Tuesday, May 26, 2009

Tiny Vipers - Life On Earth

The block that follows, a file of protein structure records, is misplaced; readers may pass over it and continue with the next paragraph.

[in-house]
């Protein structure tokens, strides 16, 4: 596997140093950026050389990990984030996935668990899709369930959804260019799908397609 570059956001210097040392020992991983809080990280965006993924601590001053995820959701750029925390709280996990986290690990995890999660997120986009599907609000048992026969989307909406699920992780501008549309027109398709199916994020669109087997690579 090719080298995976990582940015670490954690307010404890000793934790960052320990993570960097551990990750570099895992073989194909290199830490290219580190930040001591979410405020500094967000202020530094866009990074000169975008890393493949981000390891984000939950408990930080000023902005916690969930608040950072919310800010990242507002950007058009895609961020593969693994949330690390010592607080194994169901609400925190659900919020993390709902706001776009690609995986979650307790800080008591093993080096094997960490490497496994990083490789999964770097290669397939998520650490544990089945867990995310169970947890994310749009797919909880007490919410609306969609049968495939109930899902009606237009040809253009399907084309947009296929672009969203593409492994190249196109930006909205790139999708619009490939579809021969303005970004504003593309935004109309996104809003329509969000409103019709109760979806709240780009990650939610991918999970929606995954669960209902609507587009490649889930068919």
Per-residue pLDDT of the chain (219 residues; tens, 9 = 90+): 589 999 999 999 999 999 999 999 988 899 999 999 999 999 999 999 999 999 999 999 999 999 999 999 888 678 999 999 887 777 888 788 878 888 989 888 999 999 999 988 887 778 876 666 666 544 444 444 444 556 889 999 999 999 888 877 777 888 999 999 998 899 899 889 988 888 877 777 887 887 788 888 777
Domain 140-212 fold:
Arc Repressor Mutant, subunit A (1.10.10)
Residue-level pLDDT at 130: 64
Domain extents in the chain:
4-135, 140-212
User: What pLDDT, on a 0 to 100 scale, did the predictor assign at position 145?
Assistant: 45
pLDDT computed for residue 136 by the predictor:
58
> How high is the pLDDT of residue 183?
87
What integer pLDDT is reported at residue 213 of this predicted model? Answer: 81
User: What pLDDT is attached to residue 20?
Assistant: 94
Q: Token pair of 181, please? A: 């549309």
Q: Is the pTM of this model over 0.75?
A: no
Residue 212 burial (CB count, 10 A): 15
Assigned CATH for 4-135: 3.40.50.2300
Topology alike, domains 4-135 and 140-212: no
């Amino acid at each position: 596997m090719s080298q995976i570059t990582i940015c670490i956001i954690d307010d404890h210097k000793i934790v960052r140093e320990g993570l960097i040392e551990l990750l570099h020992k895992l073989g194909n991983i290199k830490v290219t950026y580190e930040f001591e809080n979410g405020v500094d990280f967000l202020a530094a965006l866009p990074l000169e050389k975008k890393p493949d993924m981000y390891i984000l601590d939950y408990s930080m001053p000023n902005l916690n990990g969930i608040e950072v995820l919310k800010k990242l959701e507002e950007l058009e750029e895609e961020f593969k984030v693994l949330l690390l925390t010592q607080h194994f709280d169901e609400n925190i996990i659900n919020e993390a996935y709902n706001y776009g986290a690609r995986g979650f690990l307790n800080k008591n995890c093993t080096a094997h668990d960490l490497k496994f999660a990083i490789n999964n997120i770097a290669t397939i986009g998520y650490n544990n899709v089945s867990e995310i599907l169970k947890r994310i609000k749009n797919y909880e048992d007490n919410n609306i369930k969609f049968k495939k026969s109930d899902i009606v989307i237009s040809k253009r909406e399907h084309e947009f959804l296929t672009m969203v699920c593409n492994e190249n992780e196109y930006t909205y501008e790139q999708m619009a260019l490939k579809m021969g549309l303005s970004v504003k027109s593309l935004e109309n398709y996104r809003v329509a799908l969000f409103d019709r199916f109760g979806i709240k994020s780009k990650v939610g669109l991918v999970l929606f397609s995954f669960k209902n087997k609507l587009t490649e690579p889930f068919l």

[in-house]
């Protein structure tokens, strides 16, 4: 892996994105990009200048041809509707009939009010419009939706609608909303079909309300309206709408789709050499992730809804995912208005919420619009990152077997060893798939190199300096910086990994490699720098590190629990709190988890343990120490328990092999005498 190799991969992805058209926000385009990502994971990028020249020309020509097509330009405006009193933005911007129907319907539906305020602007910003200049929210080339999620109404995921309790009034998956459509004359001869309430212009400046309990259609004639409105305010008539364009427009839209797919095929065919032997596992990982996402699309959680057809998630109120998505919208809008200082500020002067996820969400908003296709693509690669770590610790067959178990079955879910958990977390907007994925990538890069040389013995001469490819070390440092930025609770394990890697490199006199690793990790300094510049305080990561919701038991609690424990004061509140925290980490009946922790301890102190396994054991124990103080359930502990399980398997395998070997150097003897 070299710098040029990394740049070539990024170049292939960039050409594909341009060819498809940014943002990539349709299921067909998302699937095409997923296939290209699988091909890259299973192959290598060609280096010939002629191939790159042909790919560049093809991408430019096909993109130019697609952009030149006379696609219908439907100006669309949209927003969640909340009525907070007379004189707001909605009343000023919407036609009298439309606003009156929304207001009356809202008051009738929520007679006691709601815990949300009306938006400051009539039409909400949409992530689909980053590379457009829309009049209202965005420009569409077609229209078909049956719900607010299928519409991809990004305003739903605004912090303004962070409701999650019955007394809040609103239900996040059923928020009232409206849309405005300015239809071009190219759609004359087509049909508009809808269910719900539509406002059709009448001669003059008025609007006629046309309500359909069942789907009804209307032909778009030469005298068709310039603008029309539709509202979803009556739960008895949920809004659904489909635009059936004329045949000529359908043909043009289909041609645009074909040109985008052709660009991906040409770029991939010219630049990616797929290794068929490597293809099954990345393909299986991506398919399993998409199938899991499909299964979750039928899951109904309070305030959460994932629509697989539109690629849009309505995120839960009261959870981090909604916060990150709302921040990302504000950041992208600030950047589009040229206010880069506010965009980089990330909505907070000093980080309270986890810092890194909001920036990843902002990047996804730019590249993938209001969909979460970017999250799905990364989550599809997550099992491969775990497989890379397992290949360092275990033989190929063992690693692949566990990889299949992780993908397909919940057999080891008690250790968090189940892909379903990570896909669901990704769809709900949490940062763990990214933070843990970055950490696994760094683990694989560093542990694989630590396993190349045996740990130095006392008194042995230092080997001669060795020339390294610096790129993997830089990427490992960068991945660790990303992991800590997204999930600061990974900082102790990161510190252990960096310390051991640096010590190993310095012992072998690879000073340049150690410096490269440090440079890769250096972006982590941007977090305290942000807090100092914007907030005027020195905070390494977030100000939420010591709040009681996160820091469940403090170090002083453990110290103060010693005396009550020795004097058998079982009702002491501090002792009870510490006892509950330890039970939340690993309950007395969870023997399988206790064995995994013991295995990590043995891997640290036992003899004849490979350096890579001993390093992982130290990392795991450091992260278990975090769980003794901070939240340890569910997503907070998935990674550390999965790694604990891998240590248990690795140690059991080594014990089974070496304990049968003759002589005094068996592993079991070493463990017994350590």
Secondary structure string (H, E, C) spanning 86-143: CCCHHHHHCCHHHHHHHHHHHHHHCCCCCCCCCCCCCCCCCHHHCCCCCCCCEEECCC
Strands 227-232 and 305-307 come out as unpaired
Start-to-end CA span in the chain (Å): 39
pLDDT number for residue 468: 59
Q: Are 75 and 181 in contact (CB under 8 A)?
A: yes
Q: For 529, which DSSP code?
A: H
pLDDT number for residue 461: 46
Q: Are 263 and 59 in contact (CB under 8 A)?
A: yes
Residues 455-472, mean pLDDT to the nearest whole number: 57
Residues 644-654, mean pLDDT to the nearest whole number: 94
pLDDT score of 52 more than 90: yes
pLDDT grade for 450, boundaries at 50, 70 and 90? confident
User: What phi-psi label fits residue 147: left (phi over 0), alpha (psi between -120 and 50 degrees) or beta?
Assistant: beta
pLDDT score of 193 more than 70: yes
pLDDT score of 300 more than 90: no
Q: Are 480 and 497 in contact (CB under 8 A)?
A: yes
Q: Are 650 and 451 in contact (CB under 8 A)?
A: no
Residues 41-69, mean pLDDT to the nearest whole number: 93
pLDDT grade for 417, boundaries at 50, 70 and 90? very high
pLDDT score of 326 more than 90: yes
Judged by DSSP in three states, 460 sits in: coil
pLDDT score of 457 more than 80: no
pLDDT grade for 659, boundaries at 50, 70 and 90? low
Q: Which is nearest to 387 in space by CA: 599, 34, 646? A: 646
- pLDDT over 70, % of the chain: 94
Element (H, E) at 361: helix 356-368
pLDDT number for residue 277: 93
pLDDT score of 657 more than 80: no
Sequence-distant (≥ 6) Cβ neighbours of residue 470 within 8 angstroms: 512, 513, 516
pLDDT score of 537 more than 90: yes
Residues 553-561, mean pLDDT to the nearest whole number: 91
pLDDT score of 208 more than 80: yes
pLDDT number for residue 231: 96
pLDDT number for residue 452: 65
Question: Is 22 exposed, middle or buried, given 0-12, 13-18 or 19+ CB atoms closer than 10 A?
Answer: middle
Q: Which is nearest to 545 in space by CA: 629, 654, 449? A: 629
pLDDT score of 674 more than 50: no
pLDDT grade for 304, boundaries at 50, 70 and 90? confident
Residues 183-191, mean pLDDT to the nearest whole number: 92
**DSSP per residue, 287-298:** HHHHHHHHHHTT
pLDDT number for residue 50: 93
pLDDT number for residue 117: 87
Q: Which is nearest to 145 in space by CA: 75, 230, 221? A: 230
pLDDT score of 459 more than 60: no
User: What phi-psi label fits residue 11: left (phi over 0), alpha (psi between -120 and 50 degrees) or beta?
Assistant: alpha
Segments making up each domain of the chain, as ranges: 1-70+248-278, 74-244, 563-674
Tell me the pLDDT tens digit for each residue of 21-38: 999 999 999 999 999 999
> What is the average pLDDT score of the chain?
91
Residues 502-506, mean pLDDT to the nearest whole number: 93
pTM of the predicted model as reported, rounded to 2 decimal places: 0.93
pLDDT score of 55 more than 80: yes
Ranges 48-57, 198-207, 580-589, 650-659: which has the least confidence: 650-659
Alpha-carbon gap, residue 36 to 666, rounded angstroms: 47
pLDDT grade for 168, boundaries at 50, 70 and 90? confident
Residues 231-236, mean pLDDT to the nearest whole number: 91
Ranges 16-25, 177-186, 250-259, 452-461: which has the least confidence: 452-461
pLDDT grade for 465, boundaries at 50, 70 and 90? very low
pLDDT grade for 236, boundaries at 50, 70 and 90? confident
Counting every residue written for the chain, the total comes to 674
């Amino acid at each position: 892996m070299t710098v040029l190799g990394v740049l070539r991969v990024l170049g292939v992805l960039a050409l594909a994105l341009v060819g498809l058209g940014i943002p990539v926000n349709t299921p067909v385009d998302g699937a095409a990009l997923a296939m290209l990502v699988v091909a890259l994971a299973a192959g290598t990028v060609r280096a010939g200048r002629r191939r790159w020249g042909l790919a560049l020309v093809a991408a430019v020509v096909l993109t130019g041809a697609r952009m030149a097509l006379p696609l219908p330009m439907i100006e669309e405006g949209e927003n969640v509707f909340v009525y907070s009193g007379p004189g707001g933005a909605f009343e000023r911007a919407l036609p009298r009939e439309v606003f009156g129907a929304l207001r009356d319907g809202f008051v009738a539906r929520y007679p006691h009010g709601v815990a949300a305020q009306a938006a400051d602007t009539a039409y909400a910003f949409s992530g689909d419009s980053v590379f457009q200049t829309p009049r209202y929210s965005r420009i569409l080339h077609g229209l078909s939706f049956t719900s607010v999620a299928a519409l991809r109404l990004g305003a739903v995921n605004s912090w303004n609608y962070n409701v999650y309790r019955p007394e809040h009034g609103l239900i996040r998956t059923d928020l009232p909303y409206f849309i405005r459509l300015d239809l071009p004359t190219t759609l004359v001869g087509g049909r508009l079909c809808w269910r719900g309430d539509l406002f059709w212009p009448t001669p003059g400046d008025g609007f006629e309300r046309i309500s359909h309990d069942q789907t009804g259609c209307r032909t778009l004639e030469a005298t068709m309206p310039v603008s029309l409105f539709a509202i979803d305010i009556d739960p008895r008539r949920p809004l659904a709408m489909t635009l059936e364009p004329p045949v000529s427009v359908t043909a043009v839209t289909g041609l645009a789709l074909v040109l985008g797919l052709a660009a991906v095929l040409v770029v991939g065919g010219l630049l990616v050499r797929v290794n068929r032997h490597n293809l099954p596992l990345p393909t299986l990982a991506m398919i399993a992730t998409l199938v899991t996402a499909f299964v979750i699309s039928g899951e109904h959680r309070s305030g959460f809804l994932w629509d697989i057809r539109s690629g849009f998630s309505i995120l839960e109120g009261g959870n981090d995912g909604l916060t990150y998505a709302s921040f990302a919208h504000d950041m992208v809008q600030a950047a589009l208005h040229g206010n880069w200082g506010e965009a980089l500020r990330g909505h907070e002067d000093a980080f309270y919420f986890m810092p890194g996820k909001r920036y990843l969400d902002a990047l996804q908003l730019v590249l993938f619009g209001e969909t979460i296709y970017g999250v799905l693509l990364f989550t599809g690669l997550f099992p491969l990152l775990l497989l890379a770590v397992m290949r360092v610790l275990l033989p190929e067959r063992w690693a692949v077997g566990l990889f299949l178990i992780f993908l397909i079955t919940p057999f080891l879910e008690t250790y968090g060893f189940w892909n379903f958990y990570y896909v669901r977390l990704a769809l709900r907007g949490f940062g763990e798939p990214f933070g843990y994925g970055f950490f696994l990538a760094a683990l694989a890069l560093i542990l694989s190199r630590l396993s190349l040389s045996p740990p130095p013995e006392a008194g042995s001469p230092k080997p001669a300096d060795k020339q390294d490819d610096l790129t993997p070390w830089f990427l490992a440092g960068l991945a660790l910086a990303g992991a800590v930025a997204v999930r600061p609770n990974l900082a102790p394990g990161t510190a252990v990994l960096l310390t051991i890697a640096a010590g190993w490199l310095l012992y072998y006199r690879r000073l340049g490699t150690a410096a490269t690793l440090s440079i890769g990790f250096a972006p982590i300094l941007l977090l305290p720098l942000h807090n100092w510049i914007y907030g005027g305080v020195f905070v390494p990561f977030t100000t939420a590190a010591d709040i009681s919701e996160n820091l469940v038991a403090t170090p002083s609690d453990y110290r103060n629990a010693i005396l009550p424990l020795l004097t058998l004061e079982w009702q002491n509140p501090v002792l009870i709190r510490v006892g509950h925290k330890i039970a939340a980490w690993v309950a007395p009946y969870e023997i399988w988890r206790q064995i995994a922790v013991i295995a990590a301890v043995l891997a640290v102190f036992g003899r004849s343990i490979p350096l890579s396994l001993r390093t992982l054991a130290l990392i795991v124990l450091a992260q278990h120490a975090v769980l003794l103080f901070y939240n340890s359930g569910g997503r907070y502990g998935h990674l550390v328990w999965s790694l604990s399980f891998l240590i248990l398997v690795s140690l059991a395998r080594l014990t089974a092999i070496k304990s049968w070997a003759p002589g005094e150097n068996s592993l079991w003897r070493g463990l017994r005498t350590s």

Isolate yourself, cover your head with a snug pair of headphones, turn off all the lights, and light a candle. It’s the best way to listen to Life on Earth, Tiny Vipers’ sophomore album, and her second to be released on Sub Pop. Jesy Fortino, the one-woman wonder behind Tiny Vipers, is an unassuming young songwriter. She huddles over her guitar and avoids eye contact with her audience, but her thoughts are revealed through song. The Seattle-based musician relishes in a certain simplicity in her old folk tunes, and the shimmering emptiness of her haunting voice and stark picking of guitar say a lot without overwhelming. Fortino recorded Life on Earth in an analog studio in Austin, Texas. Recording on tape let Fortino maintain the natural echoes of guitar. At times, it sounds like her voice is coming to you through the depths of a dark cave. It’s not a cheerful listen. “Time Takes” ends with deep bass that spurts out as if a thunderstorm is looming, and “Untitled” layers distorted squeaks over disorienting chordal structures. Yet the album as a whole is sadly beautiful, a trap of ghostlike webs that carries you to a dark, timeless place. 

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